No, when you walk down the street to the post office to send the birthday present you’ve owed your mother for three months now and the rent check you’ve owed for slightly longer, you are not a mind above a body. You are a theoretical person, with a theoretical mind, but mostly you are simply a collection of limbs and features that are recognized as human.
It really is that kind of night. Shut your mind off. Let your brain wander. Watch some TV. Stop thinking about that girl you saw on the train and wanted to talk to. She’s long gone. She doesn’t exist in your world anymore.
Does she exist at all then?
Does it matter?
Falling in love with his best friend’s son.
Graduating high school.
Getting a big girl job.
His son’s graduation.
Going to college.
Getting my heart broken,
though not for the first time.
Going to college
(for real this time).
College, college, acting, writing,
Coming out as bi.
My second girlfriend.
First publication. Second.
Literary award (shared).
His son’s ambitions,
to PhD and beyond.
His love, his happiness,
Moving to New York.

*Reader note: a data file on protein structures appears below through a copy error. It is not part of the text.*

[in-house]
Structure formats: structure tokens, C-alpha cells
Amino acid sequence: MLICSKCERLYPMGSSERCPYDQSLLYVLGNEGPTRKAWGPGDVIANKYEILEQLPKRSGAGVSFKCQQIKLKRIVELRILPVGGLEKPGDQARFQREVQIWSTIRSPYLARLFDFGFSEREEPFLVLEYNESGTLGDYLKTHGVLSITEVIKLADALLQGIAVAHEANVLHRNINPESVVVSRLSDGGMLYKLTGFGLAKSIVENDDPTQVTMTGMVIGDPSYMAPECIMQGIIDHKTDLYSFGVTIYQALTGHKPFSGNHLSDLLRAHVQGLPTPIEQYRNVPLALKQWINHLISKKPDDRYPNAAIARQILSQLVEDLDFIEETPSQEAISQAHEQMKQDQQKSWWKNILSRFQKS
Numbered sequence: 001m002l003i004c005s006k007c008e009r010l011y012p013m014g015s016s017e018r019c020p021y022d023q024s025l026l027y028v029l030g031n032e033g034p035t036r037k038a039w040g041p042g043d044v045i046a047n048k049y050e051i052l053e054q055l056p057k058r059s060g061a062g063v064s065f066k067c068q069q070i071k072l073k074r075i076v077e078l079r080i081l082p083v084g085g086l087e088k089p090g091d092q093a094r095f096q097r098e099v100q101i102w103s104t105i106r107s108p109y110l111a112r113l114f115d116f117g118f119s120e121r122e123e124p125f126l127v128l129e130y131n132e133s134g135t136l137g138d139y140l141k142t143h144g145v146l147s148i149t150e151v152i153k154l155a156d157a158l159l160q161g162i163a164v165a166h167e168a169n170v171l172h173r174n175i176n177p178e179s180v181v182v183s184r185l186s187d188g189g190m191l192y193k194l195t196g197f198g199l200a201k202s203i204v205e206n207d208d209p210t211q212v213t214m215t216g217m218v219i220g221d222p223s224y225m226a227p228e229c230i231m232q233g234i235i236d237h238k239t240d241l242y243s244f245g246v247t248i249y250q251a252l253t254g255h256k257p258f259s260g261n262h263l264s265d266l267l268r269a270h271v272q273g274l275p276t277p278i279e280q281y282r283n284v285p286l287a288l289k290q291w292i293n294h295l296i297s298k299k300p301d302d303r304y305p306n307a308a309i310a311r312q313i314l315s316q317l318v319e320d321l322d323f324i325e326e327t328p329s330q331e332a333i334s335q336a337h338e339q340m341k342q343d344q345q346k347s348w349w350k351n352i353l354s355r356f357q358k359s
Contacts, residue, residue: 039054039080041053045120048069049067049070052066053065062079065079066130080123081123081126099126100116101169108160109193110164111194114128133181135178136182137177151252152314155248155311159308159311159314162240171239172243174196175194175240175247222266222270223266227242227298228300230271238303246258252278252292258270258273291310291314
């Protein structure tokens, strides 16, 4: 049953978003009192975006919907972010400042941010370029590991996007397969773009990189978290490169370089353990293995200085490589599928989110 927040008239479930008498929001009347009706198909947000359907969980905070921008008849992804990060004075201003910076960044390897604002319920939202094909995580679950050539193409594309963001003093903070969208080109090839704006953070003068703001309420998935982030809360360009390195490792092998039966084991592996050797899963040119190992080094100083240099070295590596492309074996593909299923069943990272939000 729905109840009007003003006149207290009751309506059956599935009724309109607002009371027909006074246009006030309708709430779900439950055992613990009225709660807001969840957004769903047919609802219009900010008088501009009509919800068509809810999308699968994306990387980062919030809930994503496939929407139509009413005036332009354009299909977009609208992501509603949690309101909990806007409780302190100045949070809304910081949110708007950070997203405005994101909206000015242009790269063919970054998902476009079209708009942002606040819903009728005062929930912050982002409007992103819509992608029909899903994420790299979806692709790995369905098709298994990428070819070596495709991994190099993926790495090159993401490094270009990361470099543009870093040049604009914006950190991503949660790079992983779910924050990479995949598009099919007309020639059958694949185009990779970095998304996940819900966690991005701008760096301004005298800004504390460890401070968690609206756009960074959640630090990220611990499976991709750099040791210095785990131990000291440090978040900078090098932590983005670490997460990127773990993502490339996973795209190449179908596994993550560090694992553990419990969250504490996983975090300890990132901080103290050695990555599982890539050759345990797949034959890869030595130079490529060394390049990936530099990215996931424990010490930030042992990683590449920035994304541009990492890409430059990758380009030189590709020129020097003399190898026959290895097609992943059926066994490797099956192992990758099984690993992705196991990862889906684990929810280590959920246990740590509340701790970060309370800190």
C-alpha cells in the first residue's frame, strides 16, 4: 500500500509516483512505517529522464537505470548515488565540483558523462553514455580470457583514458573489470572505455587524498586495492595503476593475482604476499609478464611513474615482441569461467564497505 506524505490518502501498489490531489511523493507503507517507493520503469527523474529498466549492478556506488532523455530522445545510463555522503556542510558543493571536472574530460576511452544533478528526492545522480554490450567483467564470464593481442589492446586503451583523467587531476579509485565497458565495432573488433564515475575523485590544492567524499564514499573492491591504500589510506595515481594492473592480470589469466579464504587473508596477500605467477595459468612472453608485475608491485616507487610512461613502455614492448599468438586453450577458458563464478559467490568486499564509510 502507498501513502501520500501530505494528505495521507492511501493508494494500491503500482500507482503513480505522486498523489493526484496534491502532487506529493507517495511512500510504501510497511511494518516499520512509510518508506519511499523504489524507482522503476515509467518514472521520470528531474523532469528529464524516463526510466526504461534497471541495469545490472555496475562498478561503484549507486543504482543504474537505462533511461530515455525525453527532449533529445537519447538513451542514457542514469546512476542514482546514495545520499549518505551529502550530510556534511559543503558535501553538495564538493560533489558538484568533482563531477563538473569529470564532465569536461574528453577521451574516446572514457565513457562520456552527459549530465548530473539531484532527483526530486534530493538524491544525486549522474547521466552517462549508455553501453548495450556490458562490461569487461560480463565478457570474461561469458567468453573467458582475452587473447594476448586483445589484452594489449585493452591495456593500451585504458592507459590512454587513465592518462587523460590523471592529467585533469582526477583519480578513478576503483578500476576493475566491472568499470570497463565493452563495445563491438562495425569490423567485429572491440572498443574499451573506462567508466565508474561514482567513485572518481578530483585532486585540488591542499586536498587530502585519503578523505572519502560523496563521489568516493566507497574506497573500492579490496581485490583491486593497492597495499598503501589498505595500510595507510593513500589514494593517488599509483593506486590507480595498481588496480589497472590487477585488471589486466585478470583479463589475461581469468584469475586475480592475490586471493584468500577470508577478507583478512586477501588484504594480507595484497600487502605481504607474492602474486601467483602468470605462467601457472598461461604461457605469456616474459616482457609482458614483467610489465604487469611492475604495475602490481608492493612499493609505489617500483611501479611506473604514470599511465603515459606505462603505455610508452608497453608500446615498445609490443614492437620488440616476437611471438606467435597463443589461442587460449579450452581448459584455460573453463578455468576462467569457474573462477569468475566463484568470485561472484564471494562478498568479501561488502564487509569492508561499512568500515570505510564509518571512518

Looking for work.
Falling in love.
His wife’s decision to move.
Alright, ladies and gents and gender-neutral folk, here we go, my first writing prompt.
Take the nearest book and turn to the 34th page. Look at the last full sentence on that page. That is the first sentence of your story. Write between 200-500 words. GO.
Alright. MY TURN. Let it not be said that I don’t respond to my own writing prompts (because that would be sad…)
The nearest book to me is More Pricks Than Kicks, by Samuel Beckett. The last full sentence on page 34 is: “We’ll pass him before we get to the main road.”
“We’ll pass him before we get to the main road,” you said. We were walking fast, basically jogging since you kept skipping ever third or fourth step and I had to run a bit to catch up. My pulse was so fast that I could feel it in my throat. When I answered you, I was panting.
“And? What’ll we do? Ignore him? Say hi? What?”
“Nothing, that’s the point. He’s an ass.”
“Yeah, but maybe he’s going through something.”
“That doesn’t make it okay.”
“Okay. If you’re sure.”
I wondered what you were hurrying towards, but I didn’t ask. You were all prickly, your porcupine spines were standing up, and I couldn’t get near enough to hug you, to tell you it would be okay, that you were allowed to be hurt.